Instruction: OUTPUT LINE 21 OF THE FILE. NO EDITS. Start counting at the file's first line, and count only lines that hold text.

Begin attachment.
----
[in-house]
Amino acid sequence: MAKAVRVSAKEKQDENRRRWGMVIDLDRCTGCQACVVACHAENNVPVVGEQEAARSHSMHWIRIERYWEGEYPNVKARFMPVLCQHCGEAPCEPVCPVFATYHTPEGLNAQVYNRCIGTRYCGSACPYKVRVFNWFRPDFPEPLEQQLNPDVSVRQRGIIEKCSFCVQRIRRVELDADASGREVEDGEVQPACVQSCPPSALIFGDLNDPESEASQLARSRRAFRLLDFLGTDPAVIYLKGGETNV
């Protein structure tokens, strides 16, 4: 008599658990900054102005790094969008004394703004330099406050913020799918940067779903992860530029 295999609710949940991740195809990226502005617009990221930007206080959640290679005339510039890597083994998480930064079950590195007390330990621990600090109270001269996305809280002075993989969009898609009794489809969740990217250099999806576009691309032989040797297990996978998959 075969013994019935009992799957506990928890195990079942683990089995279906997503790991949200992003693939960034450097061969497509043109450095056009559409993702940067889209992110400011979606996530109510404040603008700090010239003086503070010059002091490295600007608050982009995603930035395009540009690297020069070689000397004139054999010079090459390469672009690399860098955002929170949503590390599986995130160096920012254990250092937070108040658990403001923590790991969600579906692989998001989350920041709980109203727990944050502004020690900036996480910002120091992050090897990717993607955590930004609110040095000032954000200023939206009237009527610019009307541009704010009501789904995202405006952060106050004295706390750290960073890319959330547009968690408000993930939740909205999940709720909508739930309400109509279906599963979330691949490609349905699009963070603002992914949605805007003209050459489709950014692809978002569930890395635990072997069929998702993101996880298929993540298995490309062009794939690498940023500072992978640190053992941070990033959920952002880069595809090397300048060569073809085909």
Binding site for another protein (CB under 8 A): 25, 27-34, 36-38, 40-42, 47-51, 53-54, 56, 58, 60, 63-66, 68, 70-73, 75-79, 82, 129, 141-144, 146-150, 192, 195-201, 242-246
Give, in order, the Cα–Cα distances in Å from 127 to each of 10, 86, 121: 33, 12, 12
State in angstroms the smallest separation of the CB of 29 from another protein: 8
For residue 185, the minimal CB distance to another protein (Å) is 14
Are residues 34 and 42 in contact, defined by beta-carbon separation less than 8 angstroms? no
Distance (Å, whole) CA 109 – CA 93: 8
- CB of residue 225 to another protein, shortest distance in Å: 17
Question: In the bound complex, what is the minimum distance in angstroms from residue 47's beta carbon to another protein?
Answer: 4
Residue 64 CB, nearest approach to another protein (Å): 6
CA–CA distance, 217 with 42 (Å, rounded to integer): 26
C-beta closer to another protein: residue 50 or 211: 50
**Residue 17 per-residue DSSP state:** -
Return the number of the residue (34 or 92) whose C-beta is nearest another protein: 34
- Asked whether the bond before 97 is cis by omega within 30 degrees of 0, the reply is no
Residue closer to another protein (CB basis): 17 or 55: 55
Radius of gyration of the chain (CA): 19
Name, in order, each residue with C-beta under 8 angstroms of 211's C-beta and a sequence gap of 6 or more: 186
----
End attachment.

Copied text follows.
Name, in order, each residue with C-beta under 8 angstroms of 211's C-beta and a sequence gap of 6 or more: 186